By the Numbers: Cabo Delgado, October 2017-February 2021
● Total number of organized violence events: 798
● Total number of reported fatalities from organized violence: 2,614
● Total number of reported fatalities from civilian targeting: 1,312
The Mozambican government continued its offensives last week, extending helicopter strikes to a wider swath of the area around the Messalo River. There is no indication yet, however, of whether the growing pace of strikes is shifting territorial control on the ground.
Helicopters supporting government forces struck insurgent positions near the Messalo river from at least 8 February through 11 February. The Messalo forms the southern border of Mocimboa da Praia district, and the area around it has been used by the insurgency as a base area dating back to 2018. Reports differ as to whether the helicopter missions were run by Dyck Advisory Group, the Mozambican military, or the two working in concert, although Russian-made helicopters have been seen in Pemba, being flown by Mozambican pilots. The new helicopters and pilots are likely the result of the Mozambican military’s contract with South African arms dealer Paramount, which reportedly included both helicopters and pilot training, but it is not clear if they are yet involved in operations or are still in training.
Information about the details of the strikes is in short supply. However, multiple sources confirm that helicopters supporting government forces attacked the area around Mbau, in southern Mocimboa da Praia district, on 10 February. A single, well-placed source reported a series of helicopter strikes in the area where Mocimboa da Praia, Muidumbe, and Macomia districts meet. First, the source reported that government helicopters hit Xitaxi, a village in eastern Muidumbe district about 20 kilometers south of the Mocimboa da Praia border, on 8 February. The next day, according to the source, there was an initial government attack on Mbau and neighboring Chinda, along with a strike on Miangalewa just to the south in Muidumbe district. Finally, the source reported that on 11 February there were helicopter strikes along the Mocimboa da Praia-Muidumbe border between Mbau and Chitunda. No casualty estimates are available for any of these attacks.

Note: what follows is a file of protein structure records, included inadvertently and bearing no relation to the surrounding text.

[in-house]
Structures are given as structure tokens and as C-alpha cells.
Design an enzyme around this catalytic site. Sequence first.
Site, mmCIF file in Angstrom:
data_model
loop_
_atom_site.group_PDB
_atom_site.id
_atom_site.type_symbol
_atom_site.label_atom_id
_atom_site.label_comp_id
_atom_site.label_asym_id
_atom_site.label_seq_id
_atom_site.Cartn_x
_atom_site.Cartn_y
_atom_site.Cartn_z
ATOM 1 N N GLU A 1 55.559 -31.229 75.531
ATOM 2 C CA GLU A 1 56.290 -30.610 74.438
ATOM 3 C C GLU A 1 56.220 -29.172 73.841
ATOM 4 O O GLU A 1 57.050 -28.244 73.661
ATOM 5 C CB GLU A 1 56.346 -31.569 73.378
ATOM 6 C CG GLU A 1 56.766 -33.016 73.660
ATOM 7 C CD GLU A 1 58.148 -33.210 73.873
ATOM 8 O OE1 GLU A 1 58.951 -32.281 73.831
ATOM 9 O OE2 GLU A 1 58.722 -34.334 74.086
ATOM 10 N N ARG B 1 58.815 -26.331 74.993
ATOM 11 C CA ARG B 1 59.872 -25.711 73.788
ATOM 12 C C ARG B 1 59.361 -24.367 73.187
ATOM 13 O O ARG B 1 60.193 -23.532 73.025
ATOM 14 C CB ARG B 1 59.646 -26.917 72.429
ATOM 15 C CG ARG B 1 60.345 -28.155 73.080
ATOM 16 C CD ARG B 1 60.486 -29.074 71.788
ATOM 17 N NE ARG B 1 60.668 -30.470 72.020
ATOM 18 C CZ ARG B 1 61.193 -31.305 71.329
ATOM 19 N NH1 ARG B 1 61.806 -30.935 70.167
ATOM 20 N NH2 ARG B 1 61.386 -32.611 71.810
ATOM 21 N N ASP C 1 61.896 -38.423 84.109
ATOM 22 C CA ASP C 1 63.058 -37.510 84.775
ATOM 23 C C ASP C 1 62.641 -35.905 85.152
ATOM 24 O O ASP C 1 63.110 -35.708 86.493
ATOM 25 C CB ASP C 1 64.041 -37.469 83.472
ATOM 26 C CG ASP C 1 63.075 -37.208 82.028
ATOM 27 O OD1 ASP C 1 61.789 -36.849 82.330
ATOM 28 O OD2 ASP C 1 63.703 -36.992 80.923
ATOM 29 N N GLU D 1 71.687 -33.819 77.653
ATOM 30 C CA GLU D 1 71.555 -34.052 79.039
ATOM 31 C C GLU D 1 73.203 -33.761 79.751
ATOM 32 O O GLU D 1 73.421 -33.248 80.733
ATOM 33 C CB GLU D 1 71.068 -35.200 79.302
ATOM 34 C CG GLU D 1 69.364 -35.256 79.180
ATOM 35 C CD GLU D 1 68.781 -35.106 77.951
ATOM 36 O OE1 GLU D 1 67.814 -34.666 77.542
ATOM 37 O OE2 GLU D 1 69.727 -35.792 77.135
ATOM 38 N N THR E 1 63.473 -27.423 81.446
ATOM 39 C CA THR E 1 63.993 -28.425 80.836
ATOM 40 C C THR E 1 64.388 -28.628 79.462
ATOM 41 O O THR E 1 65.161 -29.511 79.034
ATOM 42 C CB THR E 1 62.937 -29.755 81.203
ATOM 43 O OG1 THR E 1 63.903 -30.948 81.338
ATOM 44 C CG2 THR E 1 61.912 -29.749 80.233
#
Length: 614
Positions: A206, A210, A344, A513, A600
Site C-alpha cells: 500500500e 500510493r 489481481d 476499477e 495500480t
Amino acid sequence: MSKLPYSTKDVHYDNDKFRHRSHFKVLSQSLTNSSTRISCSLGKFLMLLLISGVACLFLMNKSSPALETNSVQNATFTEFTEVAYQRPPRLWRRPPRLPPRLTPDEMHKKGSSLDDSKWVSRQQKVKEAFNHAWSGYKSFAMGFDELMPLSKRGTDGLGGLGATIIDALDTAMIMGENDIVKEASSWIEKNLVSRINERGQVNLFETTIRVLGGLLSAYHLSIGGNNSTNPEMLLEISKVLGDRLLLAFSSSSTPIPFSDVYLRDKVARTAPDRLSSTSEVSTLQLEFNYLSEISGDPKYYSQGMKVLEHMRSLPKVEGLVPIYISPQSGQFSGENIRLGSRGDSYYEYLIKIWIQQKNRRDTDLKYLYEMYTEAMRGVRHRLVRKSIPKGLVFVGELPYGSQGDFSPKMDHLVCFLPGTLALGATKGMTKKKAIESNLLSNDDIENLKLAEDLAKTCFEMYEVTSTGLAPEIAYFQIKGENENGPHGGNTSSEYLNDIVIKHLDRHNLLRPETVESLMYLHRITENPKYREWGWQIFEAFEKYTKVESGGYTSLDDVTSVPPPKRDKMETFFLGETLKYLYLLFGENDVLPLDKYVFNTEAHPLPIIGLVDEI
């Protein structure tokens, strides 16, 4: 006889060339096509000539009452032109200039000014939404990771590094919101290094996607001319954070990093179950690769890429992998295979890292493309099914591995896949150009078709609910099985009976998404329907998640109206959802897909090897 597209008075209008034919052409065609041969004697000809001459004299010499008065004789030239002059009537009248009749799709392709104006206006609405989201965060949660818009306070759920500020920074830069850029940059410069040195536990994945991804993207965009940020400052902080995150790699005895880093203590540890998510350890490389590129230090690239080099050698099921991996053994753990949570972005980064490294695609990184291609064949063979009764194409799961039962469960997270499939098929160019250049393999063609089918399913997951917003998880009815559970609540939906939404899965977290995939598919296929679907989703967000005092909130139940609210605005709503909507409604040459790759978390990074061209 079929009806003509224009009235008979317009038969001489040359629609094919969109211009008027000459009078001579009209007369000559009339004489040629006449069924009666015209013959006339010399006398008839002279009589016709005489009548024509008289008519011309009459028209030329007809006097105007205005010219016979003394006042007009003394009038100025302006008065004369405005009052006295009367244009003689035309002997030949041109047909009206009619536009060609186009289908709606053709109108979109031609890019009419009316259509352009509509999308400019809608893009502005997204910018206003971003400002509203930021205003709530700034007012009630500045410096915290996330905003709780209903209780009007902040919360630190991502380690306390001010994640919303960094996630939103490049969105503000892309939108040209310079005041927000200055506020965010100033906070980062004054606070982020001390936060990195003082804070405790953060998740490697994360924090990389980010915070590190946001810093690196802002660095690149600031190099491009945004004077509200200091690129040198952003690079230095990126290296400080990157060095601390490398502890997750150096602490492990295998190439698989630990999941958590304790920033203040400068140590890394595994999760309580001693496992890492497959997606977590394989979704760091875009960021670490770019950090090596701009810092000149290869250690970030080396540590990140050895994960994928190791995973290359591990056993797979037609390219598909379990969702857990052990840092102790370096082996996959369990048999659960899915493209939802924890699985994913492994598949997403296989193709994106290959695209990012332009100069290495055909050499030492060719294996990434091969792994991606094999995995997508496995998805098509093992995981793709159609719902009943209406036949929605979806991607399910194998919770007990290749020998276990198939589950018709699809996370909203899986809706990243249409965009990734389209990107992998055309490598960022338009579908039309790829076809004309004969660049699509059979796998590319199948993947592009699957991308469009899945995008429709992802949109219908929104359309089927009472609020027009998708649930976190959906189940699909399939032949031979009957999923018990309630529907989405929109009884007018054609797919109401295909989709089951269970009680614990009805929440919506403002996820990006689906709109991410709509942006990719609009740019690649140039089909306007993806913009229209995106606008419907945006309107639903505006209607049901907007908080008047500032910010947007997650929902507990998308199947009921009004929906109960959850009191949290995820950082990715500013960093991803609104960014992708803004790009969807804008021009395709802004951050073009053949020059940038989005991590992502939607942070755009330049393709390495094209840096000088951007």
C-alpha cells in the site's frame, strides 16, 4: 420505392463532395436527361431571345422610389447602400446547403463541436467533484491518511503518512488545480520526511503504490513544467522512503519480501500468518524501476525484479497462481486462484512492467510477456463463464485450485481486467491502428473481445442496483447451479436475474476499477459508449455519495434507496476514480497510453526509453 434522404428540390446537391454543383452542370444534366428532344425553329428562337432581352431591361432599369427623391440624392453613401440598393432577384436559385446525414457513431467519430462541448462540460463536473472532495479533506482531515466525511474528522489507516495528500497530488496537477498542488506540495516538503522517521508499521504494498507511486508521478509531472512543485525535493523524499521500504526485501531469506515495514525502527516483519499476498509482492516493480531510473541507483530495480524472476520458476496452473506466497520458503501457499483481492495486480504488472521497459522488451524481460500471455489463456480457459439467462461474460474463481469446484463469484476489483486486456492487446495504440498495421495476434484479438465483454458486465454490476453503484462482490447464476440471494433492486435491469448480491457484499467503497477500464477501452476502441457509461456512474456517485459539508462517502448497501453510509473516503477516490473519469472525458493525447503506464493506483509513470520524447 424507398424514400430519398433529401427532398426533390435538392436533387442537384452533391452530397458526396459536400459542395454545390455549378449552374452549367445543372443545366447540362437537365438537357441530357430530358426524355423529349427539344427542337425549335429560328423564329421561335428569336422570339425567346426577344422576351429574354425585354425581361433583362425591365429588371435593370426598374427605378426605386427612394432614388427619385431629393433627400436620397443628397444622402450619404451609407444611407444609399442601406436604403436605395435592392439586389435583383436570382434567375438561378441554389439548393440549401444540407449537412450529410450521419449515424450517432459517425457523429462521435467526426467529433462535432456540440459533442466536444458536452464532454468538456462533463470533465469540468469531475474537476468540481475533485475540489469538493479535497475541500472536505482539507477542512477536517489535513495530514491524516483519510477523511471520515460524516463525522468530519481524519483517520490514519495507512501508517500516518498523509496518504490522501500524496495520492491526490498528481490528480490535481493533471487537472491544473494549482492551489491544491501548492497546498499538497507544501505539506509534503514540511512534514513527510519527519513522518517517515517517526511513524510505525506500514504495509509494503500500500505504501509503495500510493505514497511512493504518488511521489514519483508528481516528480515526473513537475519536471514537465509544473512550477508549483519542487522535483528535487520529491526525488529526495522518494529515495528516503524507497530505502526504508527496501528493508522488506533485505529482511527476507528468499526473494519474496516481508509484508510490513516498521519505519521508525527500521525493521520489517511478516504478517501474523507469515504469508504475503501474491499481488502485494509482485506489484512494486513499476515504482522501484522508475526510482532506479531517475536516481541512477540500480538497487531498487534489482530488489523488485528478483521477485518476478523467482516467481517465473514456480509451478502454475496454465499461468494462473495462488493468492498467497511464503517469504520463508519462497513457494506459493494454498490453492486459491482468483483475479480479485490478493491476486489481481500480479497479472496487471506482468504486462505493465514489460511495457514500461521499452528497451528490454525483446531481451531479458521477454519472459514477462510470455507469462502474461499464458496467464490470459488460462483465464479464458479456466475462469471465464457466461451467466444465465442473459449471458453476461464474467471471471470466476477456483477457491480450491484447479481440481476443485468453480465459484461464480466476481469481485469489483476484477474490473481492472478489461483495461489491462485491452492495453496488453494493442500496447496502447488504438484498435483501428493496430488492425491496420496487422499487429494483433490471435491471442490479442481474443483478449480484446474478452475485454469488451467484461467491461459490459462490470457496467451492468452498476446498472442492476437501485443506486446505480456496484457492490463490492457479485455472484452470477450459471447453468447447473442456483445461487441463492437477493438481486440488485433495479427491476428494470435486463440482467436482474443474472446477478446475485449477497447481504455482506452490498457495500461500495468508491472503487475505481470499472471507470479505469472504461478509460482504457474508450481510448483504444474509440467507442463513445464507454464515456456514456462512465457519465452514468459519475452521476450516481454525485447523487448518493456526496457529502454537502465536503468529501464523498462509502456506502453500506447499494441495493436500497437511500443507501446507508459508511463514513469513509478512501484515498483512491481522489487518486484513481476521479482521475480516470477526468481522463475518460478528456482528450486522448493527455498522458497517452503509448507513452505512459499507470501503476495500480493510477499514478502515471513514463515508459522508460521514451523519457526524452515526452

Reports also came through last week of an earlier insurgent attack. On 7 February, insurgents kidnapped two women near Lago Chai, a lake in northern Macomia district. The insurgents assaulted the victims and then let them go.
It is not common insurgent practice to let everyone in a group of abducted civilians go free, but supply problems may be preventing them from taking on new prisoners or even keeping their existing prisoners in captivity. Five girls who had been imprisoned by the group for nearly three years after insurgents captured them near the start of the conflict were set free about two weeks ago. Last week, they arrived in Macomia town, saying that insurgents were offering to release hostages in an attempt to stretch their limited supplies further. The girls reported having to cook and transport food for insurgent fighters during their time in captivity. They were held in bases near the Messalo River, where insurgents covered their roofs with leaves and grass to avoid detection by government helicopters. The insurgent leaders, according to the girls, were Mozambicans, including some from Macomia district